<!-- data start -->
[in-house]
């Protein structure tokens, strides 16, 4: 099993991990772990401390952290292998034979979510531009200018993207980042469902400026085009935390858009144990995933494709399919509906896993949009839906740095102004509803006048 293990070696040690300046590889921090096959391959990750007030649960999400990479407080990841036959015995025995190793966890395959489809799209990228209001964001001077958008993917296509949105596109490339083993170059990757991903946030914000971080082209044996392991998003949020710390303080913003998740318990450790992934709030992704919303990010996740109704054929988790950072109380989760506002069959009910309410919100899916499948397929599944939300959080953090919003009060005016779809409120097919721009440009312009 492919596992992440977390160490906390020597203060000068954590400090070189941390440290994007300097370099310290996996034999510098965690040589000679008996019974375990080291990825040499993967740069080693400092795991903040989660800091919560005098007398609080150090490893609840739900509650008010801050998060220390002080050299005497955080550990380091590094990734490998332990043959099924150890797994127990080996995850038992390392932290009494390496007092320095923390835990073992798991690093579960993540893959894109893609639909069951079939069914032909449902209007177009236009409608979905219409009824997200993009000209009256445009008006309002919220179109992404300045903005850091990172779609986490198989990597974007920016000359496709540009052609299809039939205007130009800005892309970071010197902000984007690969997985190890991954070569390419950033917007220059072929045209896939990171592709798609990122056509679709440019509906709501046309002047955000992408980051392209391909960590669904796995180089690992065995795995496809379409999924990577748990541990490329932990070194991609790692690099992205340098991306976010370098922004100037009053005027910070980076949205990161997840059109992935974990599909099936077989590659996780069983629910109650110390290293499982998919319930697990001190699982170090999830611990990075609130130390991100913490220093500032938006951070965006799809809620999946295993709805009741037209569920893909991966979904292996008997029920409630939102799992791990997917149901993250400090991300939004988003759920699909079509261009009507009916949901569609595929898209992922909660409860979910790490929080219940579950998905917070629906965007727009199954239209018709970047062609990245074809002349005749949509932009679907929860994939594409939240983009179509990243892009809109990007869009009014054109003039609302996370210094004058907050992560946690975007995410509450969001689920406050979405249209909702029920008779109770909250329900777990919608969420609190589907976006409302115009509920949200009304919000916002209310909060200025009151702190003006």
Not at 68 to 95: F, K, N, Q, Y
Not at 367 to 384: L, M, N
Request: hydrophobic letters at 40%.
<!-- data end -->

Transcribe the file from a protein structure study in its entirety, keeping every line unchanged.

[in-house]
């Protein structure tokens, strides 16, 4: 099993991990772990401390952290292998034979979510531009200018993207980042469902400026085009935390858009144990995933494709399919509906896993949009839906740095102004509803006048 293990070696040690300046590889921090096959391959990750007030649960999400990479407080990841036959015995025995190793966890395959489809799209990228209001964001001077958008993917296509949105596109490339083993170059990757991903946030914000971080082209044996392991998003949020710390303080913003998740318990450790992934709030992704919303990010996740109704054929988790950072109380989760506002069959009910309410919100899916499948397929599944939300959080953090919003009060005016779809409120097919721009440009312009 492919596992992440977390160490906390020597203060000068954590400090070189941390440290994007300097370099310290996996034999510098965690040589000679008996019974375990080291990825040499993967740069080693400092795991903040989660800091919560005098007398609080150090490893609840739900509650008010801050998060220390002080050299005497955080550990380091590094990734490998332990043959099924150890797994127990080996995850038992390392932290009494390496007092320095923390835990073992798991690093579960993540893959894109893609639909069951079939069914032909449902209007177009236009409608979905219409009824997200993009000209009256445009008006309002919220179109992404300045903005850091990172779609986490198989990597974007920016000359496709540009052609299809039939205007130009800005892309970071010197902000984007690969997985190890991954070569390419950033917007220059072929045209896939990171592709798609990122056509679709440019509906709501046309002047955000992408980051392209391909960590669904796995180089690992065995795995496809379409999924990577748990541990490329932990070194991609790692690099992205340098991306976010370098922004100037009053005027910070980076949205990161997840059109992935974990599909099936077989590659996780069983629910109650110390290293499982998919319930697990001190699982170090999830611990990075609130130390991100913490220093500032938006951070965006799809809620999946295993709805009741037209569920893909991966979904292996008997029920409630939102799992791990997917149901993250400090991300939004988003759920699909079509261009009507009916949901569609595929898209992922909660409860979910790490929080219940579950998905917070629906965007727009199954239209018709970047062609990245074809002349005749949509932009679907929860994939594409939240983009179509990243892009809109990007869009009014054109003039609302996370210094004058907050992560946690975007995410509450969001689920406050979405249209909702029920008779109770909250329900777990919608969420609190589907976006409302115009509920949200009304919000916002209310909060200025009151702190003006």
Not at 68 to 95: F, K, N, Q, Y
Not at 367 to 384: L, M, N
Request: hydrophobic letters at 40%.